Saturday, July 21, 2012
I woke up to the news of the massacre in Aurora, Colorado, and it broke my heart. As trivial as it sounds, as a teenager, I used to take mental notes of escape routes for imagined situations just like this. (I was mildly OCD and, of course, I have also been very fortunate.) But what happened in that midnight showing brought up fears I thought I had long gotten over. Movie theatres are intentionally engineered to sever you from the world. There are no windows and doors are discrete. Witnesses described the murderer shooting at people racing for the exits because there was no other way out. I can't even imagine the panic and confusion that struck these people. The gas canister produced a thick cloud that eliminated their vision and all around, their screams punctuated by the rat-a-tat-tat of bullets penetrating burning flesh.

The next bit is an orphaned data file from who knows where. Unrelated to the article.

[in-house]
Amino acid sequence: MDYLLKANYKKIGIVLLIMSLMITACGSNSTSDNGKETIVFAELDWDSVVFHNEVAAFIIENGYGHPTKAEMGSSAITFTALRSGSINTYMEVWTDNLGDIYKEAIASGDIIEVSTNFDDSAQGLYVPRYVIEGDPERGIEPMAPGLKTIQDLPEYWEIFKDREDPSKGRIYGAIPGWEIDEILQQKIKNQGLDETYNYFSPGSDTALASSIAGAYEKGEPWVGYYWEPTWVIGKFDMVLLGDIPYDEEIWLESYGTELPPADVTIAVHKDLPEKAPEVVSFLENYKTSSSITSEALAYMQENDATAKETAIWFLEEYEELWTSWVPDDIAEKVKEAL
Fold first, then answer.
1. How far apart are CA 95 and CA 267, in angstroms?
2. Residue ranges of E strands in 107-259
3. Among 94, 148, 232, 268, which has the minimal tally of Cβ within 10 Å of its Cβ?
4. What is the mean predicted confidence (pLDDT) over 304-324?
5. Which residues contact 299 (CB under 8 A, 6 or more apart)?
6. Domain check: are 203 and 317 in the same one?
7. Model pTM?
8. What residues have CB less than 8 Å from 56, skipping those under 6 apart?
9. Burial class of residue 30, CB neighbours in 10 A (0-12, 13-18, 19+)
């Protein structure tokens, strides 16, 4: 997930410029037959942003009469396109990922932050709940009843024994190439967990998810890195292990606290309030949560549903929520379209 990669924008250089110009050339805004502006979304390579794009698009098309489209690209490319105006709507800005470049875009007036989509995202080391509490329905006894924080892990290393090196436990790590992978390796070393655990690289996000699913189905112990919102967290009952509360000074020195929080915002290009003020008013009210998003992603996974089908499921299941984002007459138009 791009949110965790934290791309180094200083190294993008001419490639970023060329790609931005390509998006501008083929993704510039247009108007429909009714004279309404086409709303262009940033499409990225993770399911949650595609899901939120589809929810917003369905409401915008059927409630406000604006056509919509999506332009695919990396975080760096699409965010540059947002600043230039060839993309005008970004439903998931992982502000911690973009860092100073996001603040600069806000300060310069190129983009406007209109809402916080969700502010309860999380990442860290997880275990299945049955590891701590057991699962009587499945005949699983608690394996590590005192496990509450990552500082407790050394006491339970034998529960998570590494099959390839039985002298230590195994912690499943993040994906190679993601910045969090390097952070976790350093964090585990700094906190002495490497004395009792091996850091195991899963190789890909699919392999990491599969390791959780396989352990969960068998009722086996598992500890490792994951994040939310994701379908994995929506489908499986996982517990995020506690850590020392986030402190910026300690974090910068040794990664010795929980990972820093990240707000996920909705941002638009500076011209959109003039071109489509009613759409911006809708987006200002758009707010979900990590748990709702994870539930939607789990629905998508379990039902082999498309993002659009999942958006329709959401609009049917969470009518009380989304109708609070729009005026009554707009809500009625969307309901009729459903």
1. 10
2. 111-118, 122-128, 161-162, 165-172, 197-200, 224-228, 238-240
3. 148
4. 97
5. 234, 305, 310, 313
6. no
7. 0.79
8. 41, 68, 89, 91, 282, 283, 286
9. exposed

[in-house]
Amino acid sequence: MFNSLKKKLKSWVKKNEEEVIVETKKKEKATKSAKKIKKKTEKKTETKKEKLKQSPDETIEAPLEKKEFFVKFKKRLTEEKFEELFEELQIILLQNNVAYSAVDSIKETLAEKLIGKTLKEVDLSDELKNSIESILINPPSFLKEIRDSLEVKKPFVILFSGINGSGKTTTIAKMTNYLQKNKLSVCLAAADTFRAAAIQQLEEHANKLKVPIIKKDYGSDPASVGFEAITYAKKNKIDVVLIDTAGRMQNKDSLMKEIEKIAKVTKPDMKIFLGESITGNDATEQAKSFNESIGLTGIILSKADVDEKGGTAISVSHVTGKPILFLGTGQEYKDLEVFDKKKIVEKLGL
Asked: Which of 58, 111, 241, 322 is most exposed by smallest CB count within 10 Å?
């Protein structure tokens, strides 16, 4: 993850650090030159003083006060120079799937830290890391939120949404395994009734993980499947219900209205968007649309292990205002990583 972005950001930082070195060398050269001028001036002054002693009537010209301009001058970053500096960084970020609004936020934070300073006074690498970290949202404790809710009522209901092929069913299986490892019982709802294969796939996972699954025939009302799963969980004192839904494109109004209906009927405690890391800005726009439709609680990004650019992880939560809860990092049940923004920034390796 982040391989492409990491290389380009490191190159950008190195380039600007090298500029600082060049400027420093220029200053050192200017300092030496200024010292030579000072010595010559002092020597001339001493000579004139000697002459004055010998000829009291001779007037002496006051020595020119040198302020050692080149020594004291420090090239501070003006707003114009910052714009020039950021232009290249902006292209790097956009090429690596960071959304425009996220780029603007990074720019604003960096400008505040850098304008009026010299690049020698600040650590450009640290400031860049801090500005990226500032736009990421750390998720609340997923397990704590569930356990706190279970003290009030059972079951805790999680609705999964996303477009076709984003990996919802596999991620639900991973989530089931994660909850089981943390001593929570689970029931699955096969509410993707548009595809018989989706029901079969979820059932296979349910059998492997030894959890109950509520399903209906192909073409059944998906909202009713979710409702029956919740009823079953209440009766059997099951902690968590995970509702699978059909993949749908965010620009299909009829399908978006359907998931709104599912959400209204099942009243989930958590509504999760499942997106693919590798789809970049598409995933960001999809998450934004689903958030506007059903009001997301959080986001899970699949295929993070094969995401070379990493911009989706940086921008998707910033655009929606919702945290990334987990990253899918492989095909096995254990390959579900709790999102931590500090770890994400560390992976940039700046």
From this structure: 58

Within that short span of time, the movie theatre - a bastian of escapism and community recreation - became a death trap and a living nightmare.
Paul shouted at me to watch out, but it was too late. I ran over a field mouse. He said he felt it under the wheels and observed it flying off to the side of the road. I went home and cried. To comfort me, he recalled an incident where he nearly hit a rabbit and felt compelled to return to the scene of the crime to clear his conscience. He said he saw a set of footprints on both sides of the street and held out hope that the cute bugger made it home alive.
Paul once stopped his car after seeing a mortally wounded baby raccoon. He stayed with it until it passed on and called Toronto Animal Services. The woman called him back once he got home and said they found the body. He broke down and asked her how she does it. She started crying, "I just take it one day at a time."
(My sister thinks we're one of those bizarrely close couples who could switch genders and still remain entirely unchanged. She might be onto something.)